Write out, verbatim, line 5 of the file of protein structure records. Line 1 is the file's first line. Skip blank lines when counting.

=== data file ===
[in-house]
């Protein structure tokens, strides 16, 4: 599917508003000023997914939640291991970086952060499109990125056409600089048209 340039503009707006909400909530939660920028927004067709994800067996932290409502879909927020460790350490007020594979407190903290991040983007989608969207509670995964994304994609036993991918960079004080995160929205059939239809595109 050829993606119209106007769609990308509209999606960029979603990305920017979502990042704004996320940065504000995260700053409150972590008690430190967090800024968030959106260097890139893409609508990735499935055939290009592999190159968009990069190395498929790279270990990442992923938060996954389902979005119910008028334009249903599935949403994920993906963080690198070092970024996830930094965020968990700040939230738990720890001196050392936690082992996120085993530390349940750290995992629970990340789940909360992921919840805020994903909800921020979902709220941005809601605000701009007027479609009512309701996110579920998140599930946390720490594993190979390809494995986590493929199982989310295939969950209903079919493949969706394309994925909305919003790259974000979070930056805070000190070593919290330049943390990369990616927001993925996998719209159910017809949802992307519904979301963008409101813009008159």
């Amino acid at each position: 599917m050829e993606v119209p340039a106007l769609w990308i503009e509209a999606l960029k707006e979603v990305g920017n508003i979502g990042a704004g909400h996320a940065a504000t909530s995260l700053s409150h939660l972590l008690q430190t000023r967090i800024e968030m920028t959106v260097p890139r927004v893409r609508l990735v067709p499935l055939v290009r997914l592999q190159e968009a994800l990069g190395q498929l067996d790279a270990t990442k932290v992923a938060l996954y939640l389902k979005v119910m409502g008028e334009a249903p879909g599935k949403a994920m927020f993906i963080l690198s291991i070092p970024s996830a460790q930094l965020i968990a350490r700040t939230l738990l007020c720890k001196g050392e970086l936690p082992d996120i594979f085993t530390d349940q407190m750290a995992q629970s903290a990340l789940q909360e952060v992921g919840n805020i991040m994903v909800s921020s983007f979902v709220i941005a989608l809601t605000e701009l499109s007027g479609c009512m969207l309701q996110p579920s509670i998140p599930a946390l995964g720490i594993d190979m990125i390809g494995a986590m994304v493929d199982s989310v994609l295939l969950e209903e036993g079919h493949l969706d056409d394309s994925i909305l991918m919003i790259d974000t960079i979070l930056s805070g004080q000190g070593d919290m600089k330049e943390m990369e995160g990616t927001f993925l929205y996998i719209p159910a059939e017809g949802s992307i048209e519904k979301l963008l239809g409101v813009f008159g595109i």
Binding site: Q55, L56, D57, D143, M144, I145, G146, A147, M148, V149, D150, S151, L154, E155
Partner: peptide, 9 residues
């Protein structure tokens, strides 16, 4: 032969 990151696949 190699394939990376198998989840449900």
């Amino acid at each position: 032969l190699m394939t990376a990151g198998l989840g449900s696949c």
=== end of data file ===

Partner: peptide, 9 residues